• Mystical attachment to the world of nature. 19th century artists emphasized the wild unpredictability of nature and depicted nature as a mirror of his own emotions.

These shared ideas led to two very different attitudes about the artist and his place in society. Some artists retreated into their own world or imagination, alienating themselves from society and fostering the idea that the artist walks to the beat of a different drummer. On the other hand many artists incorporated local ideas, local emotions, and local folklore into their art, creating new stirrings of nationalism and a new sense of belonging. These artists were at the forefront of social and political movements.


3.4 Penny Magazine of the Society for the Diffusion of Useful Knowledge, British, 19th century, National Gallery of Art.
3.4 Penny Magazine of the Society for the Diffusion of Useful Knowledge, British, 19th century, National Gallery of Art.4

So what was the role of the artist in society? They found a new, as yet untapped taste of a large public audience. This created an uncertain and risky market for their work. The public wanted to acquire wealth and property. They were influenced by the opinions of critics writing in the newspapers and music magazines. Competition forced many artists, because of their personal desire for success, to please public opinion and to flatter the critics. Some artists took chances, hoping to please the public. Some artists, dissatisfied with the changing public taste, protested, and did things their own way. Artists took sides, whether it was to please public taste or to reject it and do their own thing.

The traditional art of the past was caught in the middle of this tug-of-war. The Classical art of Greece and Rome and the art of the Renaissance, which was acknowledged to be great, were rebelled against. Artists challenged and responded, challenged, and responded, so that during this time art changed from the traditional to the modern. This caused the creation of multiple styles that are very difficult to categorize. It also makes it difficult to categorize some artists who fit into multiple genres.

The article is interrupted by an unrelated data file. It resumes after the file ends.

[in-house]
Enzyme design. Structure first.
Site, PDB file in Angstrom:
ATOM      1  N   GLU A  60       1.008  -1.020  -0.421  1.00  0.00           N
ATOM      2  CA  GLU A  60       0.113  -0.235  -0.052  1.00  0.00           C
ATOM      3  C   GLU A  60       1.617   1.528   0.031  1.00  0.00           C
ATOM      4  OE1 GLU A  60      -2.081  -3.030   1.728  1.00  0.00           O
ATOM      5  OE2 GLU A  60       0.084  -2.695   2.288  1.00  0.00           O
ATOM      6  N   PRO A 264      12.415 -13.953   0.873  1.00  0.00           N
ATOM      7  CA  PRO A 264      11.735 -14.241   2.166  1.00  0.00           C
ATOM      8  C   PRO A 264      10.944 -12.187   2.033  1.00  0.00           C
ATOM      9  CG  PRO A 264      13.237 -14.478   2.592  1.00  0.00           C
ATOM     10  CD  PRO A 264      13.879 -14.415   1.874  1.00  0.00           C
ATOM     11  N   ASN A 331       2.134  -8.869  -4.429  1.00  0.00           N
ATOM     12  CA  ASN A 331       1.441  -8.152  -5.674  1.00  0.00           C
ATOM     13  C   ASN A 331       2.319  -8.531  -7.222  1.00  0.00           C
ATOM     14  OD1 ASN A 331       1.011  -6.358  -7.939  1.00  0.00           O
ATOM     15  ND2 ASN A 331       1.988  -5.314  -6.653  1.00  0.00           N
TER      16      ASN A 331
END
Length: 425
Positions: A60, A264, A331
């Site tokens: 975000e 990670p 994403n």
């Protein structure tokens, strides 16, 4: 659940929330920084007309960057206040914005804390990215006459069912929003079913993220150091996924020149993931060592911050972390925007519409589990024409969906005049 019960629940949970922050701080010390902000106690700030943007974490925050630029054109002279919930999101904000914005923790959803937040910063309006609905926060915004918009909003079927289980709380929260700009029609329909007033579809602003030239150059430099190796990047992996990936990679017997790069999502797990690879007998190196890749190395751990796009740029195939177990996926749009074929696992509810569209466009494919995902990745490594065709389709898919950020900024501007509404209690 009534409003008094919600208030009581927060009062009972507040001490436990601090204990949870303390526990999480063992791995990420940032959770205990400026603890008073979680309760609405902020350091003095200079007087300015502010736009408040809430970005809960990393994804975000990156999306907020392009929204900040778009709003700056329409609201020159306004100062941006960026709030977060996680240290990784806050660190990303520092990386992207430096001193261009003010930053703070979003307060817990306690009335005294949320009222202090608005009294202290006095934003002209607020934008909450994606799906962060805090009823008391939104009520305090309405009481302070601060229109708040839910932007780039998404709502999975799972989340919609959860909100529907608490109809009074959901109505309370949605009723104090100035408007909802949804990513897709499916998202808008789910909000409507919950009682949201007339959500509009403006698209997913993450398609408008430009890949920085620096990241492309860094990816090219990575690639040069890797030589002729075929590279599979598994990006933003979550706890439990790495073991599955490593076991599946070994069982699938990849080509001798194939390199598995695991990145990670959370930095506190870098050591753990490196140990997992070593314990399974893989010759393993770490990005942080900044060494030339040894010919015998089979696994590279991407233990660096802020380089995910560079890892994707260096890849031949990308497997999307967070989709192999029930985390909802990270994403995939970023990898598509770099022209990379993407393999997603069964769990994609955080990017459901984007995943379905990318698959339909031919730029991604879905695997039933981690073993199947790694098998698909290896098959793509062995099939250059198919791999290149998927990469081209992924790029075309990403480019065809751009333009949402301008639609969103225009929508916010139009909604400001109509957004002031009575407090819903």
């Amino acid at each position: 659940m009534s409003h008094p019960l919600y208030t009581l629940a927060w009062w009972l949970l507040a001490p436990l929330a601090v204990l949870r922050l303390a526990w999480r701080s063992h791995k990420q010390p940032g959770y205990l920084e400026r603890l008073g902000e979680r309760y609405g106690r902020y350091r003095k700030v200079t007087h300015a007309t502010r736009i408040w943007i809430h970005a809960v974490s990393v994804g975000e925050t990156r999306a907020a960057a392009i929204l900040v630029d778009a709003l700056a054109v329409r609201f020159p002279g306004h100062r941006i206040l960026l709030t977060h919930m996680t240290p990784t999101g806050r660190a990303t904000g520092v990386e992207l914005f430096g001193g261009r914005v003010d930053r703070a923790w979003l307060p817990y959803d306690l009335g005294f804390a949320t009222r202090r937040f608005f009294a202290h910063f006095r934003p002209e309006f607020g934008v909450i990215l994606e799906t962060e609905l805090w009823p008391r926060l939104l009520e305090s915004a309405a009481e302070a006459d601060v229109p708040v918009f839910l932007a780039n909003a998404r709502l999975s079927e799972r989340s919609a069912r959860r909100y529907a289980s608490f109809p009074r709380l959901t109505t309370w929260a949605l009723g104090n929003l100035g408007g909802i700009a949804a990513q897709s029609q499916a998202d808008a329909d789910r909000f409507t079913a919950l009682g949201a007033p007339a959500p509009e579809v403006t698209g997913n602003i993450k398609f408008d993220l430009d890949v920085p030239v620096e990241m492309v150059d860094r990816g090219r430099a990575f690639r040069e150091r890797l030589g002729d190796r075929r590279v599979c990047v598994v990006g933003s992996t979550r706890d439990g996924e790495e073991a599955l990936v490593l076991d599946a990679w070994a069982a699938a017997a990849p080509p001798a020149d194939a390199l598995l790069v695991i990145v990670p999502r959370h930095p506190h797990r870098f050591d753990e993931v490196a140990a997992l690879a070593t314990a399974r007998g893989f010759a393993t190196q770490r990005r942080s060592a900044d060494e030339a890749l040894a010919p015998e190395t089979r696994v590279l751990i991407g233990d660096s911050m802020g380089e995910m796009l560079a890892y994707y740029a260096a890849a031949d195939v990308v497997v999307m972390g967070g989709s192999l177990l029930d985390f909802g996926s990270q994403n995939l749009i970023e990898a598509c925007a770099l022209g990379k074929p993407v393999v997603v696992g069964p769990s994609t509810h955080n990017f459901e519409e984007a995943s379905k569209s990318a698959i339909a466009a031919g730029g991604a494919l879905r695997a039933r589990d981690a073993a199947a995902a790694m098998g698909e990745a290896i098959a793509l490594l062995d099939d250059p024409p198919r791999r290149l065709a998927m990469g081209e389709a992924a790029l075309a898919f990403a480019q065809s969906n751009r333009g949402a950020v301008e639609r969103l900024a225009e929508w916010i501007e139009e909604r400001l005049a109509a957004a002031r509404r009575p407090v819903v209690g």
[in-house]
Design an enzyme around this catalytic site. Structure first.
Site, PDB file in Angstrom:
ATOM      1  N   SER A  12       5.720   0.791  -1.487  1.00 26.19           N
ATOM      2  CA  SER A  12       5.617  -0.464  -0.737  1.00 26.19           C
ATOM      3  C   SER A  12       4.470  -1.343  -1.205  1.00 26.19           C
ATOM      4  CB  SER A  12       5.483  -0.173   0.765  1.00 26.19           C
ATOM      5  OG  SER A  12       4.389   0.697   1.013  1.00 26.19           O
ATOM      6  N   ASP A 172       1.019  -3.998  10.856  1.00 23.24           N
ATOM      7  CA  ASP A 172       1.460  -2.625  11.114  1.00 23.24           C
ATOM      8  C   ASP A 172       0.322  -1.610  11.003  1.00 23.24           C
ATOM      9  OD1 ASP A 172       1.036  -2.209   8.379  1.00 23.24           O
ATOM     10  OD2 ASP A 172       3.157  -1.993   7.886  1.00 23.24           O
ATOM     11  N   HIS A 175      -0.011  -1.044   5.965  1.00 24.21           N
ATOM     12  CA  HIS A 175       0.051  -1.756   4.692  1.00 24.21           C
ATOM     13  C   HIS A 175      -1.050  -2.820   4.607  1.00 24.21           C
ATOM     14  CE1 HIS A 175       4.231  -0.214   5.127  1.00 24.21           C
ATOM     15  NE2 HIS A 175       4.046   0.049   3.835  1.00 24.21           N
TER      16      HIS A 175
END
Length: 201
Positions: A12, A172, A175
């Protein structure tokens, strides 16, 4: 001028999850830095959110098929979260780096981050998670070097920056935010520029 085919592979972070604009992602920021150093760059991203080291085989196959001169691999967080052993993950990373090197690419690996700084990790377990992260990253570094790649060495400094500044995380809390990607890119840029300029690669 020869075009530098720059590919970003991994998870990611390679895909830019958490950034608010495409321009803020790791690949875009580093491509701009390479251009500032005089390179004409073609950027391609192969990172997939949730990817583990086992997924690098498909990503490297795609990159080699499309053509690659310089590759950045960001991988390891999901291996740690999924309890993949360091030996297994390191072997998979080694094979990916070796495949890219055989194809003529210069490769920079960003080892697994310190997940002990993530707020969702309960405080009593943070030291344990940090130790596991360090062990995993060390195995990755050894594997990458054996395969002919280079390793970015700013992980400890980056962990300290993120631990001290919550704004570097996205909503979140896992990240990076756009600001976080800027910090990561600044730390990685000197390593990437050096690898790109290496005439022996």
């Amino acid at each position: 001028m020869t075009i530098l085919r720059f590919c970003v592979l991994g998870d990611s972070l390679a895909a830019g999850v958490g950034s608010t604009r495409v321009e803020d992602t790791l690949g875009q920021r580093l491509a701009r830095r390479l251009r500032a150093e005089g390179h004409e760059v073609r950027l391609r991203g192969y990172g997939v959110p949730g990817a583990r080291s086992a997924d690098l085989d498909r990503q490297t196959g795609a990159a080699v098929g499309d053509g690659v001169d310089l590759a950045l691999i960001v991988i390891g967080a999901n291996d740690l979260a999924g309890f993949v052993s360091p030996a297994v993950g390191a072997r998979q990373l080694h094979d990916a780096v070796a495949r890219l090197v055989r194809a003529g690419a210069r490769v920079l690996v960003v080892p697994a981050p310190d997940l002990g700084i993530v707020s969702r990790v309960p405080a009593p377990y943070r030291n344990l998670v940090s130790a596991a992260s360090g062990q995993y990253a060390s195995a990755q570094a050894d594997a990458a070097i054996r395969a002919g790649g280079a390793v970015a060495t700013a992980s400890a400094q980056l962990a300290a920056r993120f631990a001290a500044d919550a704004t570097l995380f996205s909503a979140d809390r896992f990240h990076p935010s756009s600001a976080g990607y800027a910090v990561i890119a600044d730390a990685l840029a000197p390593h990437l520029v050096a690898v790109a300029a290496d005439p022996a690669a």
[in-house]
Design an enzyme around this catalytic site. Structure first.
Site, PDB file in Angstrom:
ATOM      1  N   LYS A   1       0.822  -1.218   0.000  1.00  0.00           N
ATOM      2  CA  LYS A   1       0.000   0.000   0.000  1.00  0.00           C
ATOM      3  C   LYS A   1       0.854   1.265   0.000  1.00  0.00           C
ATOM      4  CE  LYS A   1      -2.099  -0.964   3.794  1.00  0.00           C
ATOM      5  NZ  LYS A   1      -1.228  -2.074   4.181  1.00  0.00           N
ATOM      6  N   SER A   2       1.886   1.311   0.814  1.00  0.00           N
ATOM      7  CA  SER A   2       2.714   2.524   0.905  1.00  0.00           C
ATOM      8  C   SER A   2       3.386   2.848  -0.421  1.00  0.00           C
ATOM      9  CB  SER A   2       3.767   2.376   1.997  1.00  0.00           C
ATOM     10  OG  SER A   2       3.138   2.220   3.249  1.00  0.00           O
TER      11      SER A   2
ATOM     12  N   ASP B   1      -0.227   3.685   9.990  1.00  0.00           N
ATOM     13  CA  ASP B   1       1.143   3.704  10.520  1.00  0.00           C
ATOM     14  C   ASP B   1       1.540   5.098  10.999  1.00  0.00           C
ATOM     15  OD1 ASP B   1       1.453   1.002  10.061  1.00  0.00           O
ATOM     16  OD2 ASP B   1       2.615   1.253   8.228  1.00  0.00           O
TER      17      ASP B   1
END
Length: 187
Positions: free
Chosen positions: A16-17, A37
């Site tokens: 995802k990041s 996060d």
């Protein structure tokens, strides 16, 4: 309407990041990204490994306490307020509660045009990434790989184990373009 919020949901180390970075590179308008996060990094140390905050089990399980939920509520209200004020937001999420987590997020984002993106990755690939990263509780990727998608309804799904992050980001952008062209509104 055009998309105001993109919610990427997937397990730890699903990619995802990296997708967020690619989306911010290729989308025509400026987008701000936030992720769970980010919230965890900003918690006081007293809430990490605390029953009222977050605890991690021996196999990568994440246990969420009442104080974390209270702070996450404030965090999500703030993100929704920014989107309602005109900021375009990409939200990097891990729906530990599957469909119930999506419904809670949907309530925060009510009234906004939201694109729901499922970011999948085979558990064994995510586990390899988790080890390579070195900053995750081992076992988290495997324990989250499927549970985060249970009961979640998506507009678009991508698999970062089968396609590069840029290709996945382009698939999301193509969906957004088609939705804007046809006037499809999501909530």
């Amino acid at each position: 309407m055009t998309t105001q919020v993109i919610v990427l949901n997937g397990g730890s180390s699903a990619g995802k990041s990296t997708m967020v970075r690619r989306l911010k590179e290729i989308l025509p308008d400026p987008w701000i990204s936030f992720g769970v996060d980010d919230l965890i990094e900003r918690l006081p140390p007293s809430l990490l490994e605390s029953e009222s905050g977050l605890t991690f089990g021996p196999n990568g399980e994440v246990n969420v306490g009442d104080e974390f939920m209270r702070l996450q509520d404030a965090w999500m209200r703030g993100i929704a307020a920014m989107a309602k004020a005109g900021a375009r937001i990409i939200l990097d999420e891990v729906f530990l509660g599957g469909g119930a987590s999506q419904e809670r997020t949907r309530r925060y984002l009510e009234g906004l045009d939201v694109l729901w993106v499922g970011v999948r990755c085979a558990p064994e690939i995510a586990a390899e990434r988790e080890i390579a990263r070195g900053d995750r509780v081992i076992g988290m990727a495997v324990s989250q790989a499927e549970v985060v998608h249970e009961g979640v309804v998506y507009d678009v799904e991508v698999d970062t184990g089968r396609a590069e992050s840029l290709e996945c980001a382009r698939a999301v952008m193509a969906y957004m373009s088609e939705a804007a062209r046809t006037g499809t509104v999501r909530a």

August-Adolphe Bertsch, Stereoscopic Camera, 1860, National Conservatory of Arts and Crafts, Paris, France
3.5 August-Adolphe Bertsch, Stereoscopic Camera, 1860, National Conservatory of Arts and Crafts, Paris, France.5

At the same time new products became available to artists that caused them to reevaluate their medium. The camera, and the mass produced prints that were available because of it, made art available to the masses. The artist was replaced, just as the manuscript illuminator had been replaced by the printer in the 16th century. The function of the artist was different and he or she had to learn new ways to create and deliver art.


William Wordsworth (1770-1850) was born into the upper middle to upper class. When he was orphaned in 1778, he was cared for by his aunt and uncle. His formal education ended with a short term at St. John’s College, Cambridge. But from his early childhood, nature was his teacher; human nature was his subject. In 1791, Wordsworth traveled to France to learn the French language, with an eye to making a living as a tutor in French. He became caught up in the French Revolution and had an affair with Annette Vallon, who bore him a daughter, Caroline, in 1792. His personal relationship with Annette Vallon turned just as the revolution did, in that Annette was a monarchist. Pro-revolutionary as he was, Wordsworth became afraid for his life, and as he could not make a living in France, he returned to England, effectively abandoning Annette Vallon and their daughter. The Reign of Terror made it impossible for him to return to them until 1802, at which time he reached an agreement with Annette before marrying Mary Hutchinson. An inheritance made him financially independent, and he set up house in his beloved Lake District with his wife, his sister Dorothy, and his growing family. This contentment was earned at great emotional price, though.